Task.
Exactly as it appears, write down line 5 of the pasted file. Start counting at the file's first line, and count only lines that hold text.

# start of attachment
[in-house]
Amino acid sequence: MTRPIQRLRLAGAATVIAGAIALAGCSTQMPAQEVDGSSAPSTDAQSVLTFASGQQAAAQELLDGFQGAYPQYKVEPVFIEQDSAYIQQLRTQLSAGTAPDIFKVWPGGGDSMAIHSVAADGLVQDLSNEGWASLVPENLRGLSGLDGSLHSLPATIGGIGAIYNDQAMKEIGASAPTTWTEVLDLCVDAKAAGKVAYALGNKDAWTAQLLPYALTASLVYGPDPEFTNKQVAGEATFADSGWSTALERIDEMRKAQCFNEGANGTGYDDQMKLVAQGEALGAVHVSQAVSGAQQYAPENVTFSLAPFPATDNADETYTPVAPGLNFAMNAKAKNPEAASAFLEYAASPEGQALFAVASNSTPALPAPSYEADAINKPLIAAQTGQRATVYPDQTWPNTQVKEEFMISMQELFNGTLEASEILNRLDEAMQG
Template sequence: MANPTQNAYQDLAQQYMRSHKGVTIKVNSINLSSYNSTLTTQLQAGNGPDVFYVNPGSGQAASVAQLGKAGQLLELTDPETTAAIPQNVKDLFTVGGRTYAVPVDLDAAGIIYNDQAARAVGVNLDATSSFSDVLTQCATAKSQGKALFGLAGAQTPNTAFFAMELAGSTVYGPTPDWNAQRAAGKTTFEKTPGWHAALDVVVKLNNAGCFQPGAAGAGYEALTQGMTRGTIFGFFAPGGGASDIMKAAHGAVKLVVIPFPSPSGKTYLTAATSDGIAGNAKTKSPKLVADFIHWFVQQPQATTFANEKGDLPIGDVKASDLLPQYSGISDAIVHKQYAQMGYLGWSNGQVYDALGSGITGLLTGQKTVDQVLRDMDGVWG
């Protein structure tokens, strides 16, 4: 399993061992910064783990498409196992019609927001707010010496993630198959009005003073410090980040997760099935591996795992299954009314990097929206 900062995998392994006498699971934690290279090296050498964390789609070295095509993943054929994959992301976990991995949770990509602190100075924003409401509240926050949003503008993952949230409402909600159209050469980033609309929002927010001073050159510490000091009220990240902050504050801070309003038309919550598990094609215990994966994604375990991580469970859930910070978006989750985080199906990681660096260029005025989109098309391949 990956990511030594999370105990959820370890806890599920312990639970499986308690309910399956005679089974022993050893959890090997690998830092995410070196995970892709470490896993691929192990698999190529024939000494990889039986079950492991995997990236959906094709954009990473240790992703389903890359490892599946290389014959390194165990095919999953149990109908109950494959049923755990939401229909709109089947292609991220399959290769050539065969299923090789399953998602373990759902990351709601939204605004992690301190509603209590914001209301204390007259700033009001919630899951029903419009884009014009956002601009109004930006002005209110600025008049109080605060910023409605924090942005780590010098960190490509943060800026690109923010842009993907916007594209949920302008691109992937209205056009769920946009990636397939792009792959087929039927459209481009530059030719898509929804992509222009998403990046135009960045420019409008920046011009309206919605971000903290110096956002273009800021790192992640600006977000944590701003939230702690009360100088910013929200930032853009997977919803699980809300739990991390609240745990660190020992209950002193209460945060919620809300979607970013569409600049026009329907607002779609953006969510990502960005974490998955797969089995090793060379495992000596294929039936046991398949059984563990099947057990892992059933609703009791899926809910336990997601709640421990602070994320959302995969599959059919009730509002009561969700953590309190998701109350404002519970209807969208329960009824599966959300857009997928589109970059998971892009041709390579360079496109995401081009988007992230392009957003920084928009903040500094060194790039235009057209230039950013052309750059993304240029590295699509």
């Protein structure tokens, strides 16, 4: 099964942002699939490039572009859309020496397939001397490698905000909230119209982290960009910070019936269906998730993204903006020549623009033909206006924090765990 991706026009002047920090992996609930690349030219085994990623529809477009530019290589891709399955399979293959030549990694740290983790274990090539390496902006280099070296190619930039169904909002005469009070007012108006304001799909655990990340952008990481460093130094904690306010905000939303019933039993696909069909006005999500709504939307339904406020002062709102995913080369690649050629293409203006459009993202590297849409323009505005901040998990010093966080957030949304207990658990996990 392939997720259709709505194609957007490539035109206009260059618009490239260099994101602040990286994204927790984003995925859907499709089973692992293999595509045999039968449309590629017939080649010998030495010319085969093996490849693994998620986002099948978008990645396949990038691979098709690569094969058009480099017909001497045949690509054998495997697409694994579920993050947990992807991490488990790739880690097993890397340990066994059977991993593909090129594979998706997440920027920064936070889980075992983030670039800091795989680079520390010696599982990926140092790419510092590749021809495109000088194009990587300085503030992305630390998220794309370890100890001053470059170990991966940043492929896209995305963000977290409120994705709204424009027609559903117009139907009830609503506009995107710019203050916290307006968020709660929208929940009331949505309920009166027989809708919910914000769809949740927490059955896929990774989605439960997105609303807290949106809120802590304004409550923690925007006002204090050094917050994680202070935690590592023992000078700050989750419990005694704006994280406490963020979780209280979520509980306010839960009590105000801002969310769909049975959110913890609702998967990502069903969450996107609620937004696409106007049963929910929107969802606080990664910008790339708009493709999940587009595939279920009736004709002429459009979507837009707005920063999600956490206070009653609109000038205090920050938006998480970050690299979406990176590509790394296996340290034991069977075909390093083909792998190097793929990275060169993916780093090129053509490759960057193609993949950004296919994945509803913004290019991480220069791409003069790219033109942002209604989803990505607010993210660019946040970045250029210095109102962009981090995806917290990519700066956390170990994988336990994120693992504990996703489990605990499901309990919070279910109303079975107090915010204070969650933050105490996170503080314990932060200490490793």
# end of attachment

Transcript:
């Protein structure tokens, strides 16, 4: 099964942002699939490039572009859309020496397939001397490698905000909230119209982290960009910070019936269906998730993204903006020549623009033909206006924090765990 991706026009002047920090992996609930690349030219085994990623529809477009530019290589891709399955399979293959030549990694740290983790274990090539390496902006280099070296190619930039169904909002005469009070007012108006304001799909655990990340952008990481460093130094904690306010905000939303019933039993696909069909006005999500709504939307339904406020002062709102995913080369690649050629293409203006459009993202590297849409323009505005901040998990010093966080957030949304207990658990996990 392939997720259709709505194609957007490539035109206009260059618009490239260099994101602040990286994204927790984003995925859907499709089973692992293999595509045999039968449309590629017939080649010998030495010319085969093996490849693994998620986002099948978008990645396949990038691979098709690569094969058009480099017909001497045949690509054998495997697409694994579920993050947990992807991490488990790739880690097993890397340990066994059977991993593909090129594979998706997440920027920064936070889980075992983030670039800091795989680079520390010696599982990926140092790419510092590749021809495109000088194009990587300085503030992305630390998220794309370890100890001053470059170990991966940043492929896209995305963000977290409120994705709204424009027609559903117009139907009830609503506009995107710019203050916290307006968020709660929208929940009331949505309920009166027989809708919910914000769809949740927490059955896929990774989605439960997105609303807290949106809120802590304004409550923690925007006002204090050094917050994680202070935690590592023992000078700050989750419990005694704006994280406490963020979780209280979520509980306010839960009590105000801002969310769909049975959110913890609702998967990502069903969450996107609620937004696409106007049963929910929107969802606080990664910008790339708009493709999940587009595939279920009736004709002429459009979507837009707005920063999600956490206070009653609109000038205090920050938006998480970050690299979406990176590509790394296996340290034991069977075909390093083909792998190097793929990275060169993916780093090129053509490759960057193609993949950004296919994945509803913004290019991480220069791409003069790219033109942002209604989803990505607010993210660019946040970045250029210095109102962009981090995806917290990519700066956390170990994988336990994120693992504990996703489990605990499901309990919070279910109303079975107090915010204070969650933050105490996170503080314990932060200490490793």